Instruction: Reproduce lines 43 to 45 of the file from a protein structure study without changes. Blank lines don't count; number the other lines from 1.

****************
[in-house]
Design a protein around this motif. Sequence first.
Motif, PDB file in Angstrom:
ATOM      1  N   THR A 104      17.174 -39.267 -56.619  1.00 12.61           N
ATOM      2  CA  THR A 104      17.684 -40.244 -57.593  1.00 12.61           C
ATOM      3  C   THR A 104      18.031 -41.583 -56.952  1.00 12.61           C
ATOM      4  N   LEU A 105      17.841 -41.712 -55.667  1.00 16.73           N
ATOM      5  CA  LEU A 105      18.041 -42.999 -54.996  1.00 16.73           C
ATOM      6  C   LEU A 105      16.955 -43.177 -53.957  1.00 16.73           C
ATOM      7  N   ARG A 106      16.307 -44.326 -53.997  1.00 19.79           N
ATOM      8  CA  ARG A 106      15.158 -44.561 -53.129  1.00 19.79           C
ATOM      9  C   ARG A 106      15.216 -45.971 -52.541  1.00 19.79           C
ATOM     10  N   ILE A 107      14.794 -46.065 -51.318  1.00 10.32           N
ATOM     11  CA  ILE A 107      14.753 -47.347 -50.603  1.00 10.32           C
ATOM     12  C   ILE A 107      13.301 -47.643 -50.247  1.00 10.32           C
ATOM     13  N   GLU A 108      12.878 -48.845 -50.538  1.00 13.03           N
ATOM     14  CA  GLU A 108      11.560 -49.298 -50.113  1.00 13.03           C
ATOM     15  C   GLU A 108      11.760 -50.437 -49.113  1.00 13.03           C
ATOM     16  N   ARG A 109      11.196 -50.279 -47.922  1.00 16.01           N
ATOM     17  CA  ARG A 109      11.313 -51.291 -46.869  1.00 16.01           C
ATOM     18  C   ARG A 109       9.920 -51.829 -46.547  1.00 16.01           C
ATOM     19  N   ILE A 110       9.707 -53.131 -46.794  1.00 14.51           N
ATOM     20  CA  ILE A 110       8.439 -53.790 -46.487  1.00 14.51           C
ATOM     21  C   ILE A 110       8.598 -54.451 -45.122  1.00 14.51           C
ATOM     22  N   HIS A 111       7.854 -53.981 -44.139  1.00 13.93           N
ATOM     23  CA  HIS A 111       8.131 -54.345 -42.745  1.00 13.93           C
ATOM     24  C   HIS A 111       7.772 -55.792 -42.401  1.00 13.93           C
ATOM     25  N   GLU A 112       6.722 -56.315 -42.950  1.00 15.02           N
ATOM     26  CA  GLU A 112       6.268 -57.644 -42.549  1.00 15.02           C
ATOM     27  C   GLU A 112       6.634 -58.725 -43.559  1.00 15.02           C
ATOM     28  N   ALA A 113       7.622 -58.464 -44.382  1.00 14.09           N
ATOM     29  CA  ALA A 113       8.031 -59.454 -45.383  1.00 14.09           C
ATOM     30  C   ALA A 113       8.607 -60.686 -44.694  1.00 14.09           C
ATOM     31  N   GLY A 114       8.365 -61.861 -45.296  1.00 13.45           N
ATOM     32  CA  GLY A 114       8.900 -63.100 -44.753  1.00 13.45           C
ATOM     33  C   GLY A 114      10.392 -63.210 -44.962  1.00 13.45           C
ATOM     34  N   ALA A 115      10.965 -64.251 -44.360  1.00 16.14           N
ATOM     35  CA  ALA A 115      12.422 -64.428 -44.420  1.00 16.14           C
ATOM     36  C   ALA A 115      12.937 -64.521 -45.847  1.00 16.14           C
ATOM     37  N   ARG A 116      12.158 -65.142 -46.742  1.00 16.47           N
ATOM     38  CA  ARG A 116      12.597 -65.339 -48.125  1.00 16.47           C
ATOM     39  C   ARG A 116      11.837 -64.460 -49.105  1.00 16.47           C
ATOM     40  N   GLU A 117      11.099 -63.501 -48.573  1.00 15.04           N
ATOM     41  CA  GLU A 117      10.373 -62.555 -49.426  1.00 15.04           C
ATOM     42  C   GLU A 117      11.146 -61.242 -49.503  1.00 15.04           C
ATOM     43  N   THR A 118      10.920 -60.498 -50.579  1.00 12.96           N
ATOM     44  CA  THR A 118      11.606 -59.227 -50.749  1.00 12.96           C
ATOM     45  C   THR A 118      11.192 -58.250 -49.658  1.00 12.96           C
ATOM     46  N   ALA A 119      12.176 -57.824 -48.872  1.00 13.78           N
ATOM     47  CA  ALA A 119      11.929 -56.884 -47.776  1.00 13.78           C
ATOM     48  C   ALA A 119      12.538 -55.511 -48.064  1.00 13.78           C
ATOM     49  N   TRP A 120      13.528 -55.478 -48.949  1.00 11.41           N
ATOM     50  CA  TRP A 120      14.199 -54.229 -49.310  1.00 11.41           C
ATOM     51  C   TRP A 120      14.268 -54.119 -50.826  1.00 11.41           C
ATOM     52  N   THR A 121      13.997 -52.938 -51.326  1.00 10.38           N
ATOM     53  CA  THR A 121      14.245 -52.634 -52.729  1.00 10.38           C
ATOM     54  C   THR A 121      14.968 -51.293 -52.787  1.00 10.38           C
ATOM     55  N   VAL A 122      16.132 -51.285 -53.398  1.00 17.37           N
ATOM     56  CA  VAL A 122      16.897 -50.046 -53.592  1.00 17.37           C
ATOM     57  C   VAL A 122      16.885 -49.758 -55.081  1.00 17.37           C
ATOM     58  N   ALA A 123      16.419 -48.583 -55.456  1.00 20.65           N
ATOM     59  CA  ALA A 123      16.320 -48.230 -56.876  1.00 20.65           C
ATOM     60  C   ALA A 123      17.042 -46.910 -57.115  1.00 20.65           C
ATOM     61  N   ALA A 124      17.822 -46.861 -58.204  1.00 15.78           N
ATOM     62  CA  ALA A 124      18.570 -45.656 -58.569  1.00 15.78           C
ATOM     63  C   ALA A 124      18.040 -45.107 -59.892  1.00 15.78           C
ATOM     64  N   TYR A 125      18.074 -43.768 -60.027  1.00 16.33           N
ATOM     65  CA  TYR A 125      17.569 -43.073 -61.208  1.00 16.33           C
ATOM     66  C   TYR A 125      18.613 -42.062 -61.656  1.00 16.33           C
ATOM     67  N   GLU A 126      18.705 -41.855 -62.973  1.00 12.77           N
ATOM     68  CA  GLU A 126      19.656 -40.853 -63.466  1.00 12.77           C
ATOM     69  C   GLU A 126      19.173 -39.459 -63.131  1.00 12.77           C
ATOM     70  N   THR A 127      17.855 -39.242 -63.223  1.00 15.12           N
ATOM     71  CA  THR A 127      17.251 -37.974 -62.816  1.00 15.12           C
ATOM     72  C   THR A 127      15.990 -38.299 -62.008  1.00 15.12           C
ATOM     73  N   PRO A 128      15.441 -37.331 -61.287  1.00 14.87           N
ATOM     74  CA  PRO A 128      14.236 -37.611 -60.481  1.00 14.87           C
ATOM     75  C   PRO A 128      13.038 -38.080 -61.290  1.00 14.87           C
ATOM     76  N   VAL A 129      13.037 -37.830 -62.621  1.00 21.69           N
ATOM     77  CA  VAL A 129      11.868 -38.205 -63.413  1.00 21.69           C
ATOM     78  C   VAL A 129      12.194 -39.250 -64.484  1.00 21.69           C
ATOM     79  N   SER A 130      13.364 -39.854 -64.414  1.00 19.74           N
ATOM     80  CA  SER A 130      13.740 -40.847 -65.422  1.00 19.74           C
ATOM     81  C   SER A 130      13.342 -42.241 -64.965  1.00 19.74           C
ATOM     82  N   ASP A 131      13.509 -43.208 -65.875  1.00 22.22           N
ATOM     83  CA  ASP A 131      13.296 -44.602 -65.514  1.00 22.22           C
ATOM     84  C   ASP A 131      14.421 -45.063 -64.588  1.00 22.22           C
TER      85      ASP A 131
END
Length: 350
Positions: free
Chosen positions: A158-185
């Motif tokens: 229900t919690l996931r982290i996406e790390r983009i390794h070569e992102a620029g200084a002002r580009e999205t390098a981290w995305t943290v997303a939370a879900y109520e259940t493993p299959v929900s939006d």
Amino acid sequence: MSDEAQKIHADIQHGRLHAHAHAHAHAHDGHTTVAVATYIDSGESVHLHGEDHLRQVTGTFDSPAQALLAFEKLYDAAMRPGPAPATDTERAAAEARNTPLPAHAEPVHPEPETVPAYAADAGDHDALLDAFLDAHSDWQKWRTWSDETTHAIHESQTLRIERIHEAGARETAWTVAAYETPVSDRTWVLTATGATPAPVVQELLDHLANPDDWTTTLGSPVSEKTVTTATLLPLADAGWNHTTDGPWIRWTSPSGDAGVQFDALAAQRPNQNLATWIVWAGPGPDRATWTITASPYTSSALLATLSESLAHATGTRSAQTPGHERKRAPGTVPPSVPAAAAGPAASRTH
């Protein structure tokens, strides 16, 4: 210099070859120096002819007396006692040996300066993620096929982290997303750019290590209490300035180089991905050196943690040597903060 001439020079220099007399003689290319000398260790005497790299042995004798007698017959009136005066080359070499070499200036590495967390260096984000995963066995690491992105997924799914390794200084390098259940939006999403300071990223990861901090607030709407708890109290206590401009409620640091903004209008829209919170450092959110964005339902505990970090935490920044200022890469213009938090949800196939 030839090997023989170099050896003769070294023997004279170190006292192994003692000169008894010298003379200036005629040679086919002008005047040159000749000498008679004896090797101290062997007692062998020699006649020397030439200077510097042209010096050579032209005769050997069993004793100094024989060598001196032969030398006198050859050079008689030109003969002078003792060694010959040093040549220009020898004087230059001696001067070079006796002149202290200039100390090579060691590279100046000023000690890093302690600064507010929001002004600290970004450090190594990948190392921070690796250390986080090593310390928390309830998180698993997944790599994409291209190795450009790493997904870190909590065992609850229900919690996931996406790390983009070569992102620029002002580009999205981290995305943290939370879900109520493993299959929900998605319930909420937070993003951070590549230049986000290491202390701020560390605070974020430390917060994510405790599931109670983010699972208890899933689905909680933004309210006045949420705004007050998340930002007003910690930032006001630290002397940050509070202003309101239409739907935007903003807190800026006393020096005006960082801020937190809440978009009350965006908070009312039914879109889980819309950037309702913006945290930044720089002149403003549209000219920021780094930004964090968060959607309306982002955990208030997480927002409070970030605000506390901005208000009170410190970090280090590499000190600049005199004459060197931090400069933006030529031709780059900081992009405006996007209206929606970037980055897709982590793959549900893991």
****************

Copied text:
ATOM     40  N   GLU A 117      11.099 -63.501 -48.573  1.00 15.04           N
ATOM     41  CA  GLU A 117      10.373 -62.555 -49.426  1.00 15.04           C
ATOM     42  C   GLU A 117      11.146 -61.242 -49.503  1.00 15.04           C